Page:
Maryland football coach DJ Durkin has always used competition in practice to determine the pecking order on his team's depth chart. It doesn't matter whether the head-to-head battles were taking place at spring workouts in April, preseason camp in August or at the end of his first season last fall.
A year after then-senior Perry Hills emerged from a goup of quarterback candidates and was quickly named the starter in preparation of the season opener against Howard, the battle to be No. 1 on the depth chart this season likely won't be decided until right before the Sept. 2 opener at Texas.
It comes down to a simple factor.
"Just the best guy, the guy that gives us the best chance to win," Durkin said Tuesday, the day before the team opened practice.
What this year's group of candidates — redshirt junior transfer Caleb Henderson, sophomores Tyrrell Pigrome and Max Bortenschlager, as well as true freshman Kasim Hill — lack in experience, Durkin and offensive coordinator Walt Bell said they make up for in potential.
Still, there's mix of uncertainty and excitement surrounding what is arguably the biggest question mark for the Terps going into the 2017 season. And it could ultimately determine whether Maryland can improve on — or even match — the six games the team won last season with a more difficult schedule in Durkin's second year.
Those vying for the job bring different attributes to the position.
Pigrome, who served as Hills' main backup for most of last season and started against Minnesota, is more of a runner. Bortenschlager, who was a surprise last-minute starter at Nebraska in the regular season finale, is a pro-style pocket passer. Henderson, who was a backup for two years at North Carolina, as well as Hill, can do both.
"The way our offense is structured, if we can get a guy that can run and throw, that's great, that helps. If it's a more pocket-type passer, that's fine. We'll structure it that way too," Durkin said. "There a lot of different ways we can do it.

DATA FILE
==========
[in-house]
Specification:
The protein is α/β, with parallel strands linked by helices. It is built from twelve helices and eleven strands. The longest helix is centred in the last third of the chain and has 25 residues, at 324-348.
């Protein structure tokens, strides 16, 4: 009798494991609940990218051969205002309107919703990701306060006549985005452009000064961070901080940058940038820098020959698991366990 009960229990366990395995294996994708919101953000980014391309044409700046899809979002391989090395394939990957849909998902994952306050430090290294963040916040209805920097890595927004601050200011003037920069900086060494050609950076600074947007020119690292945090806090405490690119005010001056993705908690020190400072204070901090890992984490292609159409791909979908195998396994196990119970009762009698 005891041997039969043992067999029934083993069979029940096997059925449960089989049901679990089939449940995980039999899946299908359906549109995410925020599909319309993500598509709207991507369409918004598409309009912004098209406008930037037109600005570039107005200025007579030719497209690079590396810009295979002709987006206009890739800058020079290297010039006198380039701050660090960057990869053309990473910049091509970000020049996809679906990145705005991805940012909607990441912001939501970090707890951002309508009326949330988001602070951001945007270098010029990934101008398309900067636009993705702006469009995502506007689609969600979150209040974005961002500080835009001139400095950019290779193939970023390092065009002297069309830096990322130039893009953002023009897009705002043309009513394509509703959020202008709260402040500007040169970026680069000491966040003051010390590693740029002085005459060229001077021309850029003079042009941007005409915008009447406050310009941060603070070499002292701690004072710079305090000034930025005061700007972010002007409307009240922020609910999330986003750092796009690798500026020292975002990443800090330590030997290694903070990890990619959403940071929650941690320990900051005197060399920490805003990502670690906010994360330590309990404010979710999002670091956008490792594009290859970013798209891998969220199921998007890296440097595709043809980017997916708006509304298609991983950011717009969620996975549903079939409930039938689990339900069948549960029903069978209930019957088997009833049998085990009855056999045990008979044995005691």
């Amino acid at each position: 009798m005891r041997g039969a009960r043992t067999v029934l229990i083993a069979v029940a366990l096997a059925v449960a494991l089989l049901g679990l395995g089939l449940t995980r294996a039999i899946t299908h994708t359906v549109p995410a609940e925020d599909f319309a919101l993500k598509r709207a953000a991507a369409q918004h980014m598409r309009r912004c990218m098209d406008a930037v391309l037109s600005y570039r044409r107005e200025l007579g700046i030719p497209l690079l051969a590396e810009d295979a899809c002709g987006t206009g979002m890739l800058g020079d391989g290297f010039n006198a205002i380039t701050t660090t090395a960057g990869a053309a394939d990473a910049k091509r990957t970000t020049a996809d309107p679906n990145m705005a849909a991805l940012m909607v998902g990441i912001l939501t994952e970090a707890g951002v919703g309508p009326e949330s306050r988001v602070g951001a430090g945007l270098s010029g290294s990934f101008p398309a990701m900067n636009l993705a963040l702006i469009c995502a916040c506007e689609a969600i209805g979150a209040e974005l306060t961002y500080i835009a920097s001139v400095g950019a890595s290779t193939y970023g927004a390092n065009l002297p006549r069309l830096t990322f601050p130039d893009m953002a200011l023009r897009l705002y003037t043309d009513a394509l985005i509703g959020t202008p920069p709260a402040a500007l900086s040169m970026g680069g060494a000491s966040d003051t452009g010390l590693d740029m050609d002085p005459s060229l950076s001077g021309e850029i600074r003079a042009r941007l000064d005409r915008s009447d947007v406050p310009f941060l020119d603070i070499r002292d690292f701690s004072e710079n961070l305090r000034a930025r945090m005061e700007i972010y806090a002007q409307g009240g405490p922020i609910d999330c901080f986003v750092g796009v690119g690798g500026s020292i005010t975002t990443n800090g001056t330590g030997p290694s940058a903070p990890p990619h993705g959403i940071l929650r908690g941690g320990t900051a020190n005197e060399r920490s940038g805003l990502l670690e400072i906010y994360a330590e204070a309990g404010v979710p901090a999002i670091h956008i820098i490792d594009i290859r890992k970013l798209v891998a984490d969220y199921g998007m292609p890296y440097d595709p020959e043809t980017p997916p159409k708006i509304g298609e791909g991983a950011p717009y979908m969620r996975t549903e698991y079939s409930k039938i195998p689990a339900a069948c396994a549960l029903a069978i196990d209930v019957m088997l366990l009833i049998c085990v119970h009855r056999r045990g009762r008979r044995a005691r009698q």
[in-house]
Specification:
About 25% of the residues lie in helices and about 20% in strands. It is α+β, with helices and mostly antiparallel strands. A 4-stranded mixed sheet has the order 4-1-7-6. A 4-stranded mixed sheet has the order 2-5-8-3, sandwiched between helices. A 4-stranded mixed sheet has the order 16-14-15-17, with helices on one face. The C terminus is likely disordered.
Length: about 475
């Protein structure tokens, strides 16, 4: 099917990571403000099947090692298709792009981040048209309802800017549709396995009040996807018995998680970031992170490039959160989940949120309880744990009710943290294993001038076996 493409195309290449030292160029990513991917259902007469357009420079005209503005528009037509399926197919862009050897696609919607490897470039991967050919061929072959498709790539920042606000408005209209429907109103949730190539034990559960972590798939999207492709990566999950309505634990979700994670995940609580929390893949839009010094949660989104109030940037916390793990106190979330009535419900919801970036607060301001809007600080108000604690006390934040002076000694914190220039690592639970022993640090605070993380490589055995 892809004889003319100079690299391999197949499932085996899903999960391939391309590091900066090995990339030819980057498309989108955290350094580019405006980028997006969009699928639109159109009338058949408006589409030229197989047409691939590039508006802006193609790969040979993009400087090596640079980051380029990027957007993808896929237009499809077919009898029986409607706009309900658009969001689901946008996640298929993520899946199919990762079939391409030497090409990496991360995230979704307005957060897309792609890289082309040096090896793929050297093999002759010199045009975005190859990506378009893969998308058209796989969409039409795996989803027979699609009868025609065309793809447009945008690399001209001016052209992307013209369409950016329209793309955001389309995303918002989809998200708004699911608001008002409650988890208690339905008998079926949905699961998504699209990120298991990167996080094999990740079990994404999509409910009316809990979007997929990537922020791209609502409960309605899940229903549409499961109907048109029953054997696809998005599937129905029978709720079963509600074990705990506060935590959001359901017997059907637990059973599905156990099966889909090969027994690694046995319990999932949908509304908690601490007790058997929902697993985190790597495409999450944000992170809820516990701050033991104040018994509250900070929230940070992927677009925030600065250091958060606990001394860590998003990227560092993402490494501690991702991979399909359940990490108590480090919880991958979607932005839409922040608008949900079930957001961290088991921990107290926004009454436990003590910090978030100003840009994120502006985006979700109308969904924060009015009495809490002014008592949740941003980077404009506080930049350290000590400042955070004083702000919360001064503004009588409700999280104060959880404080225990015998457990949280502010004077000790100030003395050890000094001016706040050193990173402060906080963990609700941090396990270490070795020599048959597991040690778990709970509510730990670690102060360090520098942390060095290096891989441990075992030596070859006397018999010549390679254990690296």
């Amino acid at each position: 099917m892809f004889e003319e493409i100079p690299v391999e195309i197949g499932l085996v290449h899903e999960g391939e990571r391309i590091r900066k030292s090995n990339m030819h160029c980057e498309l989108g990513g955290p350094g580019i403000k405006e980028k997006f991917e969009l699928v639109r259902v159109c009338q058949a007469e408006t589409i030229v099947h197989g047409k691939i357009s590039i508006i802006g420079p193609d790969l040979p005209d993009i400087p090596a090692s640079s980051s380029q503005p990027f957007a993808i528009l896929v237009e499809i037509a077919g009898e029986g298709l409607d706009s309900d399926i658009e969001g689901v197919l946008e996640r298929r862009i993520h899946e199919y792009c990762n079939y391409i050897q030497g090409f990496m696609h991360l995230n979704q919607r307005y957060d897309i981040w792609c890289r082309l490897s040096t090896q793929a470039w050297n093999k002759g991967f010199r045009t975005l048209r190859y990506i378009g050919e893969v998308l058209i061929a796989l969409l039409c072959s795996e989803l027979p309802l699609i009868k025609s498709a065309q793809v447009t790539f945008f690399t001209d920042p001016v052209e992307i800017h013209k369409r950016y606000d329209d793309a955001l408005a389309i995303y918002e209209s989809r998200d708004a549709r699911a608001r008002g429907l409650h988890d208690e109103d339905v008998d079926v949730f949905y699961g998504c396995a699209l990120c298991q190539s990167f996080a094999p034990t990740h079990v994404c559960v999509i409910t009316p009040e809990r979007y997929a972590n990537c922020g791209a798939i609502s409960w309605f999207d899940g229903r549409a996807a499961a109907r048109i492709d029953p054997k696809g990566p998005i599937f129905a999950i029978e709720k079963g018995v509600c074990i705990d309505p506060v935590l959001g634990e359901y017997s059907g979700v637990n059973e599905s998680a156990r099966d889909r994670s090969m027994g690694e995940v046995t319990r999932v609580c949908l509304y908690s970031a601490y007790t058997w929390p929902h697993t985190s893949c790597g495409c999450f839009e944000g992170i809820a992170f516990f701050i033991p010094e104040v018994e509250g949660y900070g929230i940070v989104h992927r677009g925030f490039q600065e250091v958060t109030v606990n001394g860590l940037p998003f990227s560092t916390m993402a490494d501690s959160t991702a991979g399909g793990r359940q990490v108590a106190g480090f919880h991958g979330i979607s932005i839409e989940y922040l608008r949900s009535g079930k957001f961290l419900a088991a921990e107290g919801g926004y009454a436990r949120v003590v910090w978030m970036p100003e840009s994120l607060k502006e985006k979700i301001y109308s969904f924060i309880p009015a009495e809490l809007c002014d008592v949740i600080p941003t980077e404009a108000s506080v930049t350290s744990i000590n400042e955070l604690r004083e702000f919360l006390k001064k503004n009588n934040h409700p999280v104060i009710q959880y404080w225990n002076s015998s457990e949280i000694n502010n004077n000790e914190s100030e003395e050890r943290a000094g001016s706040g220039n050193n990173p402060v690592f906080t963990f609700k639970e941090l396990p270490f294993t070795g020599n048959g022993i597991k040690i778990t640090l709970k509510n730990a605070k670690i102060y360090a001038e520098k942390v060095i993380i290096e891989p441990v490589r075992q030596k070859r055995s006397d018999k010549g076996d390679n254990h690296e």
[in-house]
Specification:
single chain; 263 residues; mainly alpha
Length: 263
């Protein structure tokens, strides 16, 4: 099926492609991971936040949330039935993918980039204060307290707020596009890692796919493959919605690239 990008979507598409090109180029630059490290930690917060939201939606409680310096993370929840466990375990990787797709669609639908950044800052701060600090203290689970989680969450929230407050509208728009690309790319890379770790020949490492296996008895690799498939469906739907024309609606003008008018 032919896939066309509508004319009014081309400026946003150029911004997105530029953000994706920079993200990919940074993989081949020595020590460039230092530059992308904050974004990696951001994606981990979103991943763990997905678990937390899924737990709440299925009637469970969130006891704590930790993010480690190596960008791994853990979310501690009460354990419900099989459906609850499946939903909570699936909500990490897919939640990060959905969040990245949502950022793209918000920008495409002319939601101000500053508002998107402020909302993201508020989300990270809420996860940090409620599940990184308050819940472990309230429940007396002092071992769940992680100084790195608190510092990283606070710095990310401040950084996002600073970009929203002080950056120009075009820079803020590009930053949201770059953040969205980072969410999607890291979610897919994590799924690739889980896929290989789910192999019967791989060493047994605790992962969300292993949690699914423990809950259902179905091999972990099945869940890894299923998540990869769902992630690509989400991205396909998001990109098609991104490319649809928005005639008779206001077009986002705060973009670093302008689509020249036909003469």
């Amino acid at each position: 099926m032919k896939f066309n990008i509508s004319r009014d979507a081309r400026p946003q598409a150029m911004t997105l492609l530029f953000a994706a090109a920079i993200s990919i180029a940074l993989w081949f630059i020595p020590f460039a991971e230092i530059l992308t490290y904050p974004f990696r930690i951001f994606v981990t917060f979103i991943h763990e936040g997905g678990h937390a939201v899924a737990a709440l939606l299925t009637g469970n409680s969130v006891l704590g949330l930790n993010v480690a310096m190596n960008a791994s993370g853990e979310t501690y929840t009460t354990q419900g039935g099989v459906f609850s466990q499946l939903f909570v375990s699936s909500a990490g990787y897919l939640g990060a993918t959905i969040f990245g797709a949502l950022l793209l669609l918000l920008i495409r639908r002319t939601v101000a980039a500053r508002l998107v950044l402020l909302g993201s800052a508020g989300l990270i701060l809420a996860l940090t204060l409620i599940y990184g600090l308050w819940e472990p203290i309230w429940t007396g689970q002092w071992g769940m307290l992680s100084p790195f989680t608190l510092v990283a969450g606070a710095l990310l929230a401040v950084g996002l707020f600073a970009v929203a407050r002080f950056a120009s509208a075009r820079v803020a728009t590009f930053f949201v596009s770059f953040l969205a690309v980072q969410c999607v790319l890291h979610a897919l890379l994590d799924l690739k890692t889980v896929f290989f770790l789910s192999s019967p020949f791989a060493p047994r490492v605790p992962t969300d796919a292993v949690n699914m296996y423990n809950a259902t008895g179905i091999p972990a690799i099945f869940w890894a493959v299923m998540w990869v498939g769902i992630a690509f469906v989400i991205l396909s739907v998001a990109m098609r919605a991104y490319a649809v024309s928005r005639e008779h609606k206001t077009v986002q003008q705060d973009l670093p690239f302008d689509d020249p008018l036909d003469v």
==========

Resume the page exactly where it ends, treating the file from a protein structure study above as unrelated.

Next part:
"The good news is, if you look at the quarterback position and the four guys competing for it, you go out and watch them all throw, watch them run, you'd say I'd love to have any one of them. To me, it's the guys who make the best decisions, who are the best leaders and have that 'it' factor."
Junior running back Ty Johnson said that it's not shocking to see so much attention paid to who'll be Maryland's starting quarterback since many other teams, including the Longhorns, could have similar battles ensue over the next few weeks.
"That's just what people label it in general, as the most important spot," Johnson said at last week's Big Ten Media Days in Chicago. "I think our guys are making great strides with their performance on and off the field. When it comes camp time we'll see."
The biggest buzz surrounds Hill, the centerpiece of a 2017 recruiting class ranked in the top 20 nationally. Durkin has no qualms about the possibility of starting a true freshman, especially one as talented as the former St. John's College High star.